Read the full article

RIAA and IIPA Report on Intellectual Property Theft

The Recording Industry Association Of America (RIAA) and the International Intellectual Property Alliance (IIPA) have announced that they are stepping up efforts fighting piracy in China and issued a report naming over 60 more countries involved in this practice. The report was filed to the U.S. government under the "Special 301" trade law, which identifies countries that present major copyright issues for businesses. Countries can be impacted in serious ways, including sanctions for those labeled as Priority Foreign Countries.The IIPA has asked the government to name Russia, Pakistan and Ukraine as Priority Countries.

The IIPA reports that U.S. copyright-based industries lost $13.4 billion because of international piracy in 2004. Globally, businesses may have lost between $25-30 billion, and this estimate does not factor in Internet piracy.

The IIPA suggests 15 more countries be placed on the Priority Watch List as well.

Billboard Adds Digital To Top 100

Billboard_3 The Billboard Hot 100 is adding digital. Billboard magazine will now include songs sold by download in its weekly calculation of the nation's top hits. The change reflects the booming popularity of digital music players like Apple's iPod, which has accounted for dramatic increases in download sales.

Billboard's Hot 100 list has always been the music industry's chief hit barometer. It is the chart most people name when they talk about having a No. 1 hit

Vote For The Live Music You Want To See

Tourvotelogo(CelebrityAccess MediaWire) -- When the band Army Of Me takes the stage at Washington D.C.’s venerable music venue The Black Cat on Friday February 11, they will be secure in the knowledge that at least a portion of the attending audience had proactively requested the show. Both the band and the venue are taking advantage of a unique, new “request line” that empowers music fans to communicate their live music wishes not only to the musical artists they want see in concert but also to the venues and promoters that put shows on stage.

Rather than simply waiting and hoping that local music venues and promoters will book shows by the musical artists they want to see, some consumers are registering their requests through a growing number of web sites – collectively called The TourVote Network – run by live music venues, promoters, radio stations, entertainment publications, and the artists themselves. The requests are funneled to the artists and to live entertainment buyers who want to gain direct insight into the deepest desires of concert-goers.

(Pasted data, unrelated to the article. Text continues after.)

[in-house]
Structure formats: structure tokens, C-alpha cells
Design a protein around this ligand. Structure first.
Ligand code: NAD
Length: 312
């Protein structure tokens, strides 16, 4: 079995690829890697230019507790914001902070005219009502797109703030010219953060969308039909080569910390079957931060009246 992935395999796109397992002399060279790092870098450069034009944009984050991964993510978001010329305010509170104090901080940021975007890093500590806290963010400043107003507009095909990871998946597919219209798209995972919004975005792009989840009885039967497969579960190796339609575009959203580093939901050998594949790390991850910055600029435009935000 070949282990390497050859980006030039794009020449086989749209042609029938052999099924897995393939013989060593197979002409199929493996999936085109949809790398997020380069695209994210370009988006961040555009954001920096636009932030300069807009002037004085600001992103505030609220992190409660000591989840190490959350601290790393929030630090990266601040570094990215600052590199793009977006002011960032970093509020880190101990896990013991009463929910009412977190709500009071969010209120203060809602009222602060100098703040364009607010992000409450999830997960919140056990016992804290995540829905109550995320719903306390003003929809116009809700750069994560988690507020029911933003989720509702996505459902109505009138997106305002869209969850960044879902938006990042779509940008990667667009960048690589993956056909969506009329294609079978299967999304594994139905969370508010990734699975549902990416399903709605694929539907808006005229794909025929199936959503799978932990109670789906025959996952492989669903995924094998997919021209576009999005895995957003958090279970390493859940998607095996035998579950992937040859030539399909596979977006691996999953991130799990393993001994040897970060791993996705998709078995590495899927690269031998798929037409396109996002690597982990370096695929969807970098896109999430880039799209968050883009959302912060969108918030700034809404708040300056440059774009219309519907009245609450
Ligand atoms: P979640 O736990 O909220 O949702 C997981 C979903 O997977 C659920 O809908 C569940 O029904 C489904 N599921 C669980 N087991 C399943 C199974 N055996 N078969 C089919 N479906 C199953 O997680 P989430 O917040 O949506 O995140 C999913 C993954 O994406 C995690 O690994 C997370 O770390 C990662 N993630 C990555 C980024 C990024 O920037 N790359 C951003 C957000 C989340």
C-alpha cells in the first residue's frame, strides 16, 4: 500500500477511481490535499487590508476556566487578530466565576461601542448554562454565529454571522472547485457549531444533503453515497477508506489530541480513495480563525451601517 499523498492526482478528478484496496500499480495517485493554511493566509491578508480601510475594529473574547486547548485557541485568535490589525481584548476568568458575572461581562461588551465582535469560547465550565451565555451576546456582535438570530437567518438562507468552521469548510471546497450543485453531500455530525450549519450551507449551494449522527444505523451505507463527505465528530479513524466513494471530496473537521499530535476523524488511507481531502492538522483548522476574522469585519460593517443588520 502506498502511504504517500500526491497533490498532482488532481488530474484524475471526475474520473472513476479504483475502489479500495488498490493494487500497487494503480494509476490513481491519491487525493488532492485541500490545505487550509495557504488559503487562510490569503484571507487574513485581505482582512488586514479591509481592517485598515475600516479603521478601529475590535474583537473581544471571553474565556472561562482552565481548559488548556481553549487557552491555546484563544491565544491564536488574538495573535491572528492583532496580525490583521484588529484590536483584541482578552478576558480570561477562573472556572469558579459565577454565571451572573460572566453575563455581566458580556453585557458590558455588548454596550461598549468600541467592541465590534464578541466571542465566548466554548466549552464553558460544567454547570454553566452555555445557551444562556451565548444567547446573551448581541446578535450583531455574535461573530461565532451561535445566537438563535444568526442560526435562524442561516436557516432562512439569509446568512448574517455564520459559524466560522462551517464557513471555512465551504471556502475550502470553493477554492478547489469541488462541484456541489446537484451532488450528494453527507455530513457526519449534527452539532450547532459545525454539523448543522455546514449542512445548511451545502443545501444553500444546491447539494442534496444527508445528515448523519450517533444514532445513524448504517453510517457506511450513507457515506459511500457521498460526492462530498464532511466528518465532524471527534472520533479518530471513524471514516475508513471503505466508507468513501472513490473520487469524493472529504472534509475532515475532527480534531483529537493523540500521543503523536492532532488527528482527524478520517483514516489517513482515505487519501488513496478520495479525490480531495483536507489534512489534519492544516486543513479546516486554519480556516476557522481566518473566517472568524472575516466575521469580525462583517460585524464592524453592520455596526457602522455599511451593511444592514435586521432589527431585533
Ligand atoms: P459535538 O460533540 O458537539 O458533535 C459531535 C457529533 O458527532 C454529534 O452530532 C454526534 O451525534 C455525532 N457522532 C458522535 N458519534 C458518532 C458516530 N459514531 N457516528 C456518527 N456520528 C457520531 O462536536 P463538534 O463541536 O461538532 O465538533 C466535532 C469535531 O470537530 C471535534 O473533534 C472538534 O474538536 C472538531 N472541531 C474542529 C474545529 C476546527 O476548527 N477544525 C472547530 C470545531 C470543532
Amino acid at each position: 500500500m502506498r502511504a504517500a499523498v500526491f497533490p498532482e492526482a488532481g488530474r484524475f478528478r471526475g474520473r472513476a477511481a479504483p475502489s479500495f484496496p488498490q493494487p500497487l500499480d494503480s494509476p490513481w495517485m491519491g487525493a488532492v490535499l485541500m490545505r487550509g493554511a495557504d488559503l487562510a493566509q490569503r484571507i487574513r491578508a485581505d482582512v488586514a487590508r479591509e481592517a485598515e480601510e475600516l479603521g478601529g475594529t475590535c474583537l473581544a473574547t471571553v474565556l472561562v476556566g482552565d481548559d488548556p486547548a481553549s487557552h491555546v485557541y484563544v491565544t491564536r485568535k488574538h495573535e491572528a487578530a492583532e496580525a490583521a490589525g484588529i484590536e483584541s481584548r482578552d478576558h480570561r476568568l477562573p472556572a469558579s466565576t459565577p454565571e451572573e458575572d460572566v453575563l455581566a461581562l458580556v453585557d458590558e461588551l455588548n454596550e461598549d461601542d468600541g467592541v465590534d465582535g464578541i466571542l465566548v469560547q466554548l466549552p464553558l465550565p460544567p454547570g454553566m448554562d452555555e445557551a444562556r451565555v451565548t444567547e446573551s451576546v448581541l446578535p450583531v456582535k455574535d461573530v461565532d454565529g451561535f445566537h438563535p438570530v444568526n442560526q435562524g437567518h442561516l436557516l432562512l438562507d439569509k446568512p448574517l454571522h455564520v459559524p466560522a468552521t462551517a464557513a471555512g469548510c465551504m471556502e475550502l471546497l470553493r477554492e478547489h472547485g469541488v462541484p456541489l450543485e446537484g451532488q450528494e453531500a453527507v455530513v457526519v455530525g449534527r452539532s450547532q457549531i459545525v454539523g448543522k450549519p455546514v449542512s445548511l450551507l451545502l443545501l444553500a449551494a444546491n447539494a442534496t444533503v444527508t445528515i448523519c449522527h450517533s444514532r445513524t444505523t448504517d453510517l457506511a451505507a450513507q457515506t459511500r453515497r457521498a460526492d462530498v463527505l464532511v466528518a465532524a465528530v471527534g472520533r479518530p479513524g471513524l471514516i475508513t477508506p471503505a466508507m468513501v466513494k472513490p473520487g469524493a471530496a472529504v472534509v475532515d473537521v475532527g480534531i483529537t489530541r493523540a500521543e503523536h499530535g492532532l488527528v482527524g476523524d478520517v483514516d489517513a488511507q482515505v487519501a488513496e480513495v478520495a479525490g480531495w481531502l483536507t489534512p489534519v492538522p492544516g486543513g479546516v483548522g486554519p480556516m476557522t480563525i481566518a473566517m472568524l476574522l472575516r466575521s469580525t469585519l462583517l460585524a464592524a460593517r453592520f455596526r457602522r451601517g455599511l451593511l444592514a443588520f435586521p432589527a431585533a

“The people have spoken. DC loves Army of Me. That's cool because we love DC,” said Army Of Me lead singer Vince Scheuerman. “TourVote is great – it gives the fans a voice. Let them be heard.” Army Of Me currently has the distinction of being the most-requested indie band in the DC Metro area, according to the TourVote system. A much larger number of fans have requested live shows by Army of Me in other cities around the US, fueling the band's hopes for breaking out into a wider market.

The TourVote Network is the brainchild of Demand ID Systems, a Baltimore startup company testing their novel supply-and-demand matching system locally before taking it to the national stage. “Much like with any other product, live shows will be more successful if they are produced based on a clear picture of what the market wants,” points out Ben Cruz, co-founder of Demand ID. “I’d be hard pressed to think of a company that made a mistake by asking prospective buyers what they wanted. And I’ve never met a consumer who didn’t think well of those that responded by delivering exactly that.”

The TourVote live music request line is available free to web sites wanting to give their visitors a voice in local, live music under the site’s own brand. Site owners have online access to reports detailing the votes placed from their pages. Voting music fans receive a co-branded “TourAlert” by email when the act they voted for is scheduled to appear locally. "I'm always happy to find new ways to tell people about our shows, especially when I know it's an event that they are interested in," said Dante Ferrando, talent buyer for The Black Cat, an 800-capacity venue. "It's hard to get good information to help determine what a band will draw. CD sales are just not as good a gauge as they used to be, so I find any extra tools incredibly helpful". More than a thousand people have placed requests for the shows they want to see using TourVote right from the club’s web site.